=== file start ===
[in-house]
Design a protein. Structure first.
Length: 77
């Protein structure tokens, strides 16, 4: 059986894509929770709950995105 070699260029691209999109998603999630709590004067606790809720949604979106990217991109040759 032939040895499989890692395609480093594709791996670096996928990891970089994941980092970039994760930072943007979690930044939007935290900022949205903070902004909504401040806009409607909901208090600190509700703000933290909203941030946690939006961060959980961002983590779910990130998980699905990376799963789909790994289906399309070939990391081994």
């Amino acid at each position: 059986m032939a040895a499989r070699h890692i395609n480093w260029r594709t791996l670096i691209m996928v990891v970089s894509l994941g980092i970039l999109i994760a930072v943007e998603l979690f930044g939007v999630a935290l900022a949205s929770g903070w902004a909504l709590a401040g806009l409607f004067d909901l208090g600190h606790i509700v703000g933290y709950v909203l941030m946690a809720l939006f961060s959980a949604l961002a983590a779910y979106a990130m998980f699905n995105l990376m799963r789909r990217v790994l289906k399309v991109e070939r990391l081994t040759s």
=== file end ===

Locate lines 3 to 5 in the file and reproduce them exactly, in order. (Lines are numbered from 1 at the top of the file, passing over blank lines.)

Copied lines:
Length: 77
């Protein structure tokens, strides 16, 4: 059986894509929770709950995105 070699260029691209999109998603999630709590004067606790809720949604979106990217991109040759 032939040895499989890692395609480093594709791996670096996928990891970089994941980092970039994760930072943007979690930044939007935290900022949205903070902004909504401040806009409607909901208090600190509700703000933290909203941030946690939006961060959980961002983590779910990130998980699905990376799963789909790994289906399309070939990391081994």
């Amino acid at each position: 059986m032939a040895a499989r070699h890692i395609n480093w260029r594709t791996l670096i691209m996928v990891v970089s894509l994941g980092i970039l999109i994760a930072v943007e998603l979690f930044g939007v999630a935290l900022a949205s929770g903070w902004a909504l709590a401040g806009l409607f004067d909901l208090g600190h606790i509700v703000g933290y709950v909203l941030m946690a809720l939006f961060s959980a949604l961002a983590a779910y979106a990130m998980f699905n995105l990376m799963r789909r990217v790994l289906k399309v991109e070939r990391l081994t040759s």